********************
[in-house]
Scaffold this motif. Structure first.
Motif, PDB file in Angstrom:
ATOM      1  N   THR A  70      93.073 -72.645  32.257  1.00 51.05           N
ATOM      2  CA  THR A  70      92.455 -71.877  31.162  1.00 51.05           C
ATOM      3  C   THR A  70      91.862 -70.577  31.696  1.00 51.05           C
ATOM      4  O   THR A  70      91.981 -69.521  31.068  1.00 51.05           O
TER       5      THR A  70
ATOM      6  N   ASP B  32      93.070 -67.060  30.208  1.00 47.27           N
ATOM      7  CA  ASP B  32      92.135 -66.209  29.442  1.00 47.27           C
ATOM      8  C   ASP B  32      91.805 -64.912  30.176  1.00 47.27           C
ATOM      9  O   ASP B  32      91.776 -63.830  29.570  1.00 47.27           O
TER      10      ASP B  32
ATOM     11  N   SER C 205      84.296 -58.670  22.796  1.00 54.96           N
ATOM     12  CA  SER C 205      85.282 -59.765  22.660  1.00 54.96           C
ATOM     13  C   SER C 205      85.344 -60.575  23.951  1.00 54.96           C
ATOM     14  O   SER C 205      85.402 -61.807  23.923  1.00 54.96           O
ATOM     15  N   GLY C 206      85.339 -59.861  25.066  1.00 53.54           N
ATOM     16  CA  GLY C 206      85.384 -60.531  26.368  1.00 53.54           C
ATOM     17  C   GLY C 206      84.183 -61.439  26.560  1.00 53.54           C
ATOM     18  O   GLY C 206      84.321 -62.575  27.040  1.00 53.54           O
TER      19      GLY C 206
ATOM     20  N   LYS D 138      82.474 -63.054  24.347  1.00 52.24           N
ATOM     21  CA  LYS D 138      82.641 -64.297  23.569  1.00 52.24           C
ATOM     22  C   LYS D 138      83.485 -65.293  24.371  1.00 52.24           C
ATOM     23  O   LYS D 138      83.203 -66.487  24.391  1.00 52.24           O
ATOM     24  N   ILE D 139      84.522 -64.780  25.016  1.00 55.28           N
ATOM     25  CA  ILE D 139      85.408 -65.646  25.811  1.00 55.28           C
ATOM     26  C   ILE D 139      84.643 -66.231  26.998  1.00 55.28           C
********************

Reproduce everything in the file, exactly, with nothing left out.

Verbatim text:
[in-house]
Scaffold this motif. Structure first.
Motif, PDB file in Angstrom:
ATOM      1  N   THR A  70      93.073 -72.645  32.257  1.00 51.05           N
ATOM      2  CA  THR A  70      92.455 -71.877  31.162  1.00 51.05           C
ATOM      3  C   THR A  70      91.862 -70.577  31.696  1.00 51.05           C
ATOM      4  O   THR A  70      91.981 -69.521  31.068  1.00 51.05           O
TER       5      THR A  70
ATOM      6  N   ASP B  32      93.070 -67.060  30.208  1.00 47.27           N
ATOM      7  CA  ASP B  32      92.135 -66.209  29.442  1.00 47.27           C
ATOM      8  C   ASP B  32      91.805 -64.912  30.176  1.00 47.27           C
ATOM      9  O   ASP B  32      91.776 -63.830  29.570  1.00 47.27           O
TER      10      ASP B  32
ATOM     11  N   SER C 205      84.296 -58.670  22.796  1.00 54.96           N
ATOM     12  CA  SER C 205      85.282 -59.765  22.660  1.00 54.96           C
ATOM     13  C   SER C 205      85.344 -60.575  23.951  1.00 54.96           C
ATOM     14  O   SER C 205      85.402 -61.807  23.923  1.00 54.96           O
ATOM     15  N   GLY C 206      85.339 -59.861  25.066  1.00 53.54           N
ATOM     16  CA  GLY C 206      85.384 -60.531  26.368  1.00 53.54           C
ATOM     17  C   GLY C 206      84.183 -61.439  26.560  1.00 53.54           C
ATOM     18  O   GLY C 206      84.321 -62.575  27.040  1.00 53.54           O
TER      19      GLY C 206
ATOM     20  N   LYS D 138      82.474 -63.054  24.347  1.00 52.24           N
ATOM     21  CA  LYS D 138      82.641 -64.297  23.569  1.00 52.24           C
ATOM     22  C   LYS D 138      83.485 -65.293  24.371  1.00 52.24           C
ATOM     23  O   LYS D 138      83.203 -66.487  24.391  1.00 52.24           O
ATOM     24  N   ILE D 139      84.522 -64.780  25.016  1.00 55.28           N
ATOM     25  CA  ILE D 139      85.408 -65.646  25.811  1.00 55.28           C
ATOM     26  C   ILE D 139      84.643 -66.231  26.998  1.00 55.28           C